• 56.9% cited an increased desire for space impacted their decision to buy a house, with 53.9% seeking “peace and quiet.”

As we traded morning commutes for logging onto Zoom, the work-from-home lifestyle became the new norm. Now, many workers don’t want to go back to the office—and their home buying habits show it. 

More than half of millennials surveyed moved to a different county or state since the pandemic shut down office life. According to another survey by Redfin, more than 50% of New York, Seattle, San Francisco, and Boston residents would move out of the city if remote work is made permanent.

  • Family considerations were cited as the top primary factor for millennials beginning their home search, at 19%. The birth of a child (14%) and a marriage or engagement (12%) were also mentioned.

  • 50.7% of millennials moved out of the county or state. Of those, 17% “are hoping their employers let them work remotely” and 15.58% changed jobs because previous employers wouldn’t let them do so.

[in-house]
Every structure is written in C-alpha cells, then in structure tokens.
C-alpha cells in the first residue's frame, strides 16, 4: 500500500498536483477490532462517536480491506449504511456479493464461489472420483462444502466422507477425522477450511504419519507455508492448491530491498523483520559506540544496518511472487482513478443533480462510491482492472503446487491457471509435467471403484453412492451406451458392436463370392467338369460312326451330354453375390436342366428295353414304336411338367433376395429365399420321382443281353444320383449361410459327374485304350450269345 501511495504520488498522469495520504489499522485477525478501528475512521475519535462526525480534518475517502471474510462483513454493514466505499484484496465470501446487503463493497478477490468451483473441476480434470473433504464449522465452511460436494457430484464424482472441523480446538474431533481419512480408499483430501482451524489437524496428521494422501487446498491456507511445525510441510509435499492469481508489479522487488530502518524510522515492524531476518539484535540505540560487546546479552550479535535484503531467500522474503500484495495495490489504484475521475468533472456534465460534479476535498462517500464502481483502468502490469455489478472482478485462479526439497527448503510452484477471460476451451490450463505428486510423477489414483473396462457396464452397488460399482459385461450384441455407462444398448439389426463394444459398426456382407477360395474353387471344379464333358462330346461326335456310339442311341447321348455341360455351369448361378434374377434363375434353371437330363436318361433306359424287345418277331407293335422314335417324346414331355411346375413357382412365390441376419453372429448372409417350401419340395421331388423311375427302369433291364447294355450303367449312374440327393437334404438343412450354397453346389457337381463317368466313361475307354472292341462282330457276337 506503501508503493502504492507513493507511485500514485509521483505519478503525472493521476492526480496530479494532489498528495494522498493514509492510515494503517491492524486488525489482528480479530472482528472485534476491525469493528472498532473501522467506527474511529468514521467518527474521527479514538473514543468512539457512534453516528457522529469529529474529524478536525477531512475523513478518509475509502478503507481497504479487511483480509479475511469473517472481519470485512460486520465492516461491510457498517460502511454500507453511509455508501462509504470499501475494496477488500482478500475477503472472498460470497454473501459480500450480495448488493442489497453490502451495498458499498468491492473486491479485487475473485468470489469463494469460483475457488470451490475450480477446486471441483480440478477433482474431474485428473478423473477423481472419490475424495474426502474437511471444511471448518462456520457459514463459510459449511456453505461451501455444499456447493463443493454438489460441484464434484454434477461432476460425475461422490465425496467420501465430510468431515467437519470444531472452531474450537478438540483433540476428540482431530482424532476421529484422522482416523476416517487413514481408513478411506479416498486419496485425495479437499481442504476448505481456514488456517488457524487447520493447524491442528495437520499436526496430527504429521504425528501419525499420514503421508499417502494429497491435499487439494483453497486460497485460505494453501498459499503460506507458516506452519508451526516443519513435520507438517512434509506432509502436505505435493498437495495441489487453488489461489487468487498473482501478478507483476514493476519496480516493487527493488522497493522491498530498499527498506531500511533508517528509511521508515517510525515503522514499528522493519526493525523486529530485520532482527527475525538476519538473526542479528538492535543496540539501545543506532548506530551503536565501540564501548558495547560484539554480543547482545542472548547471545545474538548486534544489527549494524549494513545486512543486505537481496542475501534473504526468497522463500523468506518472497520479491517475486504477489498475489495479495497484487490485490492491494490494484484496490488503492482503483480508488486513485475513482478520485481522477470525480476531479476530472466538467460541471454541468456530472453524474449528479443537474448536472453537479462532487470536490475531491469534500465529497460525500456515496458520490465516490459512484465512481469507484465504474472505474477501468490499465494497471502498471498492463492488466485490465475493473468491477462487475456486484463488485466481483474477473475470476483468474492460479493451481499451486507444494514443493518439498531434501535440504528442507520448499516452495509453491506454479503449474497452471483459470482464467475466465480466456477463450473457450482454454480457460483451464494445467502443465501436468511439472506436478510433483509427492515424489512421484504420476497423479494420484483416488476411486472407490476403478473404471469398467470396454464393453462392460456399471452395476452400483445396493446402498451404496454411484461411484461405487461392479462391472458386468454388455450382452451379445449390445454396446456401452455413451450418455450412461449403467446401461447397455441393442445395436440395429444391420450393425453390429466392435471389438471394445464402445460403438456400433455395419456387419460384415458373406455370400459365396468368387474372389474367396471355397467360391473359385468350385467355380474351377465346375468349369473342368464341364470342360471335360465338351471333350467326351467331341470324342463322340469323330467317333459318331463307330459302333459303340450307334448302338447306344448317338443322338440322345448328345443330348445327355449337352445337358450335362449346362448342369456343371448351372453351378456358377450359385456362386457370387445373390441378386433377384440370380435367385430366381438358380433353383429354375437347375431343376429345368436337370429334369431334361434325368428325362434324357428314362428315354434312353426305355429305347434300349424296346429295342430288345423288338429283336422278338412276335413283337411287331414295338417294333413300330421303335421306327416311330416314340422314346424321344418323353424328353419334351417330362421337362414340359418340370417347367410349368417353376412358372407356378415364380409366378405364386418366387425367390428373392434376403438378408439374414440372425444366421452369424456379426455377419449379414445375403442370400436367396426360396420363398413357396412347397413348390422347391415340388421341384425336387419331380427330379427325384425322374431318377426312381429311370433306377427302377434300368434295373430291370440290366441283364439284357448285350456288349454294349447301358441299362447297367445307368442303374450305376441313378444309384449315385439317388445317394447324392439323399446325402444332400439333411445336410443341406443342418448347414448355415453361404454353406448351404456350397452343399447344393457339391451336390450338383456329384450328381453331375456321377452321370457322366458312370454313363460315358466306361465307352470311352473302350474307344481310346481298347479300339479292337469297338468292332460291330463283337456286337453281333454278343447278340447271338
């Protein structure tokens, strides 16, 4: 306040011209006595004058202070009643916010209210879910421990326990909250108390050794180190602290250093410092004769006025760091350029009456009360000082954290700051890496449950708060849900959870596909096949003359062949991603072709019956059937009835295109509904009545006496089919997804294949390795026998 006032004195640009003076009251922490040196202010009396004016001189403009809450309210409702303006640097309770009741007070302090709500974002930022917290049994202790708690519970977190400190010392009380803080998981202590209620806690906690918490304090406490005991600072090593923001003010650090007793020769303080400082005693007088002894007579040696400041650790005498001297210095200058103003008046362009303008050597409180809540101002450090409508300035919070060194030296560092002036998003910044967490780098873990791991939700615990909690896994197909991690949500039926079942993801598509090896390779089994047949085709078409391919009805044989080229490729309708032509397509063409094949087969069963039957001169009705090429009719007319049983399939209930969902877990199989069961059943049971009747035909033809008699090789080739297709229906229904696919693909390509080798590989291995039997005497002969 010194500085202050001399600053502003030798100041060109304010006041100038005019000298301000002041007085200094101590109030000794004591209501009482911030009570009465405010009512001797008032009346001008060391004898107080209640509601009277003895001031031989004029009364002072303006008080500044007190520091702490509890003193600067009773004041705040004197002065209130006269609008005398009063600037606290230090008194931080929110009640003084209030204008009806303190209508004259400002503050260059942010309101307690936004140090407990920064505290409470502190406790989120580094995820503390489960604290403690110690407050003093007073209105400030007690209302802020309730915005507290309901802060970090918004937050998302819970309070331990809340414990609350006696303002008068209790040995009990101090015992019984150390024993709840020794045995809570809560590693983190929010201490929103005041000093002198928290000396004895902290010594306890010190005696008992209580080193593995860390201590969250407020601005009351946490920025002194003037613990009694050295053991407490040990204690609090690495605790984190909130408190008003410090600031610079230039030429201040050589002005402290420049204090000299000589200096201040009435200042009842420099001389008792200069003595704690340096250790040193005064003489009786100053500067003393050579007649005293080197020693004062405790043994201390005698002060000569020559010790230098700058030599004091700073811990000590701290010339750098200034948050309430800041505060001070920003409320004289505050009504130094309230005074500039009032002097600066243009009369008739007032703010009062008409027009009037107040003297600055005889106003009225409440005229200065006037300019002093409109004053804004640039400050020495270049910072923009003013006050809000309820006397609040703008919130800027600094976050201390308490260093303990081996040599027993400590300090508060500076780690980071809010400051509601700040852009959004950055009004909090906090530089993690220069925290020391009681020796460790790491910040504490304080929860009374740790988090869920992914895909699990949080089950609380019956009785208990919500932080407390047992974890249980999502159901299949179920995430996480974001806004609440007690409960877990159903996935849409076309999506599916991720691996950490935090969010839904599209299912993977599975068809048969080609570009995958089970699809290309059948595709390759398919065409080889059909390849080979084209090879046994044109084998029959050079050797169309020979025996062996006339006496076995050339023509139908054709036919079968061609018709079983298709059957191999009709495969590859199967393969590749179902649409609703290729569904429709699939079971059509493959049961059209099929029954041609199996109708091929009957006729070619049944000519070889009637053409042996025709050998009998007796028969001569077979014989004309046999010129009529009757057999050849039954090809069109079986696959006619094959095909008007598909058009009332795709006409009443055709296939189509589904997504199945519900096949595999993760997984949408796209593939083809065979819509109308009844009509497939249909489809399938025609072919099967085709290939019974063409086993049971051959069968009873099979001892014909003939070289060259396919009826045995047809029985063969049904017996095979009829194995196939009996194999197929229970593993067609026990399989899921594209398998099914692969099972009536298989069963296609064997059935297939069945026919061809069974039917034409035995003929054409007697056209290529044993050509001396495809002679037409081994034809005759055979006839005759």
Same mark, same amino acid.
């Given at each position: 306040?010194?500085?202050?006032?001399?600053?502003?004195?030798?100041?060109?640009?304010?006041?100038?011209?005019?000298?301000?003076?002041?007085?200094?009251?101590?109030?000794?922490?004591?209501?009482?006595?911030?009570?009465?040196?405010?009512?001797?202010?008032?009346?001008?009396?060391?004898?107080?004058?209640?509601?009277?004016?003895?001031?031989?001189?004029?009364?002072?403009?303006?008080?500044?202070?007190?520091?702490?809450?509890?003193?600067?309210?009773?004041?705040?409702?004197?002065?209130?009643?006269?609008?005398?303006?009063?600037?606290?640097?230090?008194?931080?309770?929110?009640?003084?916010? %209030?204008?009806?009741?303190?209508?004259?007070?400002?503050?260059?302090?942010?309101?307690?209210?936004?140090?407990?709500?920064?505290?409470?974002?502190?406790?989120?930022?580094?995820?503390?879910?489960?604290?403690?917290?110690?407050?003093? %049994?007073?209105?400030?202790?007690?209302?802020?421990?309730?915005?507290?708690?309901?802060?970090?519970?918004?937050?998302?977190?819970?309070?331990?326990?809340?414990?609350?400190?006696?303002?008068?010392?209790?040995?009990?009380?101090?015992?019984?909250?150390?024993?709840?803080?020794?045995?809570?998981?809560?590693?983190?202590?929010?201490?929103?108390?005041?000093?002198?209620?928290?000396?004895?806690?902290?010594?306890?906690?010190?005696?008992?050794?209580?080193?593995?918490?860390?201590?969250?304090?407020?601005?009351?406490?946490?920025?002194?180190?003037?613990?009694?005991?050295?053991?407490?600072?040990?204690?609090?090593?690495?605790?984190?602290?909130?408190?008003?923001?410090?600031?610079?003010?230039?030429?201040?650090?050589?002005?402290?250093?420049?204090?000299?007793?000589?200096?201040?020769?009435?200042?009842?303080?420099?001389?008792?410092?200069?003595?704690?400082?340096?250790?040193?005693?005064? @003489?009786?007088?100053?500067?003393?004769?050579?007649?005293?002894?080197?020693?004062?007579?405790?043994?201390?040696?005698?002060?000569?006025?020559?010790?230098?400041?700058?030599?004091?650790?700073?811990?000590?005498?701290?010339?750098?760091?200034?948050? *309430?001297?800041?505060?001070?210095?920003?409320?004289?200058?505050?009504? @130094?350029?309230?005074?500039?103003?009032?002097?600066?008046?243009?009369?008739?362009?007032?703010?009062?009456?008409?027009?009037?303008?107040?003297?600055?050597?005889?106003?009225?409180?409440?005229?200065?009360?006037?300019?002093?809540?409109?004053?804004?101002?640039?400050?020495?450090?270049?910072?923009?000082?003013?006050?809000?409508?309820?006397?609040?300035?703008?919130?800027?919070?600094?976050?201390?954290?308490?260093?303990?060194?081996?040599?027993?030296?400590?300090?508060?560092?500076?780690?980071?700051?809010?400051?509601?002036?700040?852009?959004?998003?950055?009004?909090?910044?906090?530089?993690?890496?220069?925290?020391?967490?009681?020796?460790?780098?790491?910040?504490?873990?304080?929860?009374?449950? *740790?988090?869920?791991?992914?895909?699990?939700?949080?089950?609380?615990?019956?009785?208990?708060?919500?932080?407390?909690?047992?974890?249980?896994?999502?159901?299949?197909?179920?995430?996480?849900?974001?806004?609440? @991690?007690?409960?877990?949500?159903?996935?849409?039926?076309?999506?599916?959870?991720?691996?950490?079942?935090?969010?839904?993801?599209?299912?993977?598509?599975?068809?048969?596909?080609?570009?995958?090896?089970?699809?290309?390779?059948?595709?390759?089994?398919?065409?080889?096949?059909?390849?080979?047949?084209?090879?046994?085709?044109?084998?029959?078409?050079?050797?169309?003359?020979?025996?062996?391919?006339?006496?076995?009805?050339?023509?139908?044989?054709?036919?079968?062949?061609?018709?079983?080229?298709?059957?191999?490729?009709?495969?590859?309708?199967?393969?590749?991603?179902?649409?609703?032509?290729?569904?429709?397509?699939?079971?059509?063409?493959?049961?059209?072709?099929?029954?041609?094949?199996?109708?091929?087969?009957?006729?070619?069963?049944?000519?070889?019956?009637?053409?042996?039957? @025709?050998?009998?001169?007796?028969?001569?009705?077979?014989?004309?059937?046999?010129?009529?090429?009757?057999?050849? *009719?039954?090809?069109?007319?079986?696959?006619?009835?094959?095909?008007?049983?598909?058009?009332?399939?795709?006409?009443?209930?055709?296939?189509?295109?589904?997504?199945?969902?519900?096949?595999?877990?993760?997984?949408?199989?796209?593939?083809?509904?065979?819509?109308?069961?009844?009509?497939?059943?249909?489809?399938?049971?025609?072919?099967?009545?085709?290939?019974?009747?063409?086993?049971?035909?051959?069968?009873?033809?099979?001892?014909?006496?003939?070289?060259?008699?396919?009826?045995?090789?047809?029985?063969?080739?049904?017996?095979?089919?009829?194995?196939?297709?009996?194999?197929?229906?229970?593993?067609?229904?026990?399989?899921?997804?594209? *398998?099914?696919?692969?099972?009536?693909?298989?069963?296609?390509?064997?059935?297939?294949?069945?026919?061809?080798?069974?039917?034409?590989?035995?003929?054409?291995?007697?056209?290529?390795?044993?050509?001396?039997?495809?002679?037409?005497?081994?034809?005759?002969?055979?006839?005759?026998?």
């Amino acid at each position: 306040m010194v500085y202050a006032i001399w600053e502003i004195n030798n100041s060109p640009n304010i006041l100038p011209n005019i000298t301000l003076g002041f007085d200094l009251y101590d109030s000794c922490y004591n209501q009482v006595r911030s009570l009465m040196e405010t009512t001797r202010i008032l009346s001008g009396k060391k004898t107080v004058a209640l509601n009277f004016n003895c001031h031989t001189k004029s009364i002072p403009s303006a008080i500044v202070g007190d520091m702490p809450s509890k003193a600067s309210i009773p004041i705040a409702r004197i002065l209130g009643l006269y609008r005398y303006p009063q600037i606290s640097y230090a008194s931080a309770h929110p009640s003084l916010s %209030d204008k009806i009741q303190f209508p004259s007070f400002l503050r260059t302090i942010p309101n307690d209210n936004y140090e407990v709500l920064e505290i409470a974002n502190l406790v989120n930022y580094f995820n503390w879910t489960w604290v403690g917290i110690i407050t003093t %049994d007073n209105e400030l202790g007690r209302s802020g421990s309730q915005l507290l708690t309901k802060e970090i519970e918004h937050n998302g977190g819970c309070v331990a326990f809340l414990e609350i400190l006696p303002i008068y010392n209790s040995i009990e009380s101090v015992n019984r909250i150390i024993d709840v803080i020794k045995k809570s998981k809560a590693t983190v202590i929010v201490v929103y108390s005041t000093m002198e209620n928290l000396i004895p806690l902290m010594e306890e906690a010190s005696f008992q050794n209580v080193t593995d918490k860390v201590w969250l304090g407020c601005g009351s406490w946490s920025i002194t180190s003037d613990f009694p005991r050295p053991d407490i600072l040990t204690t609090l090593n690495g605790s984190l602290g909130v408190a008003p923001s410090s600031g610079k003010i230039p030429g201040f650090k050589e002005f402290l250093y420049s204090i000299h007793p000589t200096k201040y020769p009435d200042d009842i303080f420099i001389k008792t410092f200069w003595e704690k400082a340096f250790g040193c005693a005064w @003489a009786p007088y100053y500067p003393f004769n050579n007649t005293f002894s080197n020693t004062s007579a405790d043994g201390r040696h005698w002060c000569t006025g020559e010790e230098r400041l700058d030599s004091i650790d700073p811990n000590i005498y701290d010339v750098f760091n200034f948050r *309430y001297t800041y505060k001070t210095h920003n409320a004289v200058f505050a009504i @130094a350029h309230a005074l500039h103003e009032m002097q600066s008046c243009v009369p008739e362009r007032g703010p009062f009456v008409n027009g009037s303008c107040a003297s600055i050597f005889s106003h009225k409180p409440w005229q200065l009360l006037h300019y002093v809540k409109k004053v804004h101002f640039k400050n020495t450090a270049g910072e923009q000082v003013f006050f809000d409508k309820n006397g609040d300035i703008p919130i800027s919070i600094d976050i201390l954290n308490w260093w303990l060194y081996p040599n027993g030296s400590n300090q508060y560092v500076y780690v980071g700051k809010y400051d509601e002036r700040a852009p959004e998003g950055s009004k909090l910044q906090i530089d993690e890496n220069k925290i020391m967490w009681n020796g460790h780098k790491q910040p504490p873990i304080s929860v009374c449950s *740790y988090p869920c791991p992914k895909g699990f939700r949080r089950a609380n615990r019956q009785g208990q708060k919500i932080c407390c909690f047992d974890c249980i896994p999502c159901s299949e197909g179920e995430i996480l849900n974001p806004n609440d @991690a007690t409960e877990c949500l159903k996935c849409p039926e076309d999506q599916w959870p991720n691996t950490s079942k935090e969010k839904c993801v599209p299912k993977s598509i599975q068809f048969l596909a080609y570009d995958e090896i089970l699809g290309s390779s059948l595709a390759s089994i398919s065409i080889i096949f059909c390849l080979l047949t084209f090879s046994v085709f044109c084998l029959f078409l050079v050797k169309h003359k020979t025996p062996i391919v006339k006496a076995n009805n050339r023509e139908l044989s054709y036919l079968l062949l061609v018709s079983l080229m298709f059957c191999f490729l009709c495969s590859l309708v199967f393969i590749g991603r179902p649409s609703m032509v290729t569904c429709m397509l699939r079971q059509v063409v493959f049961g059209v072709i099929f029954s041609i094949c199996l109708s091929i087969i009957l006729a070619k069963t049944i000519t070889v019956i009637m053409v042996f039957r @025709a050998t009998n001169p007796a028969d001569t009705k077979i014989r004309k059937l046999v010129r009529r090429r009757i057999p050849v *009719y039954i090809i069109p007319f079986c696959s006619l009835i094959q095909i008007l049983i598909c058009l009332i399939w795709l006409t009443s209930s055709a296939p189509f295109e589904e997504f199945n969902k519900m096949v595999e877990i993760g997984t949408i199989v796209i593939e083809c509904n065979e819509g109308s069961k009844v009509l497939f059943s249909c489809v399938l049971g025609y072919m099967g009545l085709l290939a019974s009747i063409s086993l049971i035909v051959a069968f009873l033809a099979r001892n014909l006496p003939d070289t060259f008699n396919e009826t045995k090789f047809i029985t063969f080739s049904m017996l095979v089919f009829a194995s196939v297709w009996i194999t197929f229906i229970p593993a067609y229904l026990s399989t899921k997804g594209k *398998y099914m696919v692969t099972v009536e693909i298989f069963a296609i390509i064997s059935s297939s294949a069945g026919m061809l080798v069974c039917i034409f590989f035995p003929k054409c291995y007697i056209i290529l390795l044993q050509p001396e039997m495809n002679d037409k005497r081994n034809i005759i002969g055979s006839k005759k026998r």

• Overall, 32.78% of millennials chose their desired location over their job.

chart displaying how the move affected a millennial's job, whether by working remotely, they were laid off, or found a new job.

Millennial home buying statistics show subtle differences between men and women buyers.

  • Larger homes were more of a priority for men (32.55%) than for women (25.51%).

  • Women prioritized affordability, with 34.9% saying it was important over 26.47% of men.

  • 73.88% of women said they were likely to do some renovations themselves, while only 68.63% of men said the same.

Millennial Home Buyers Face Fierce Competition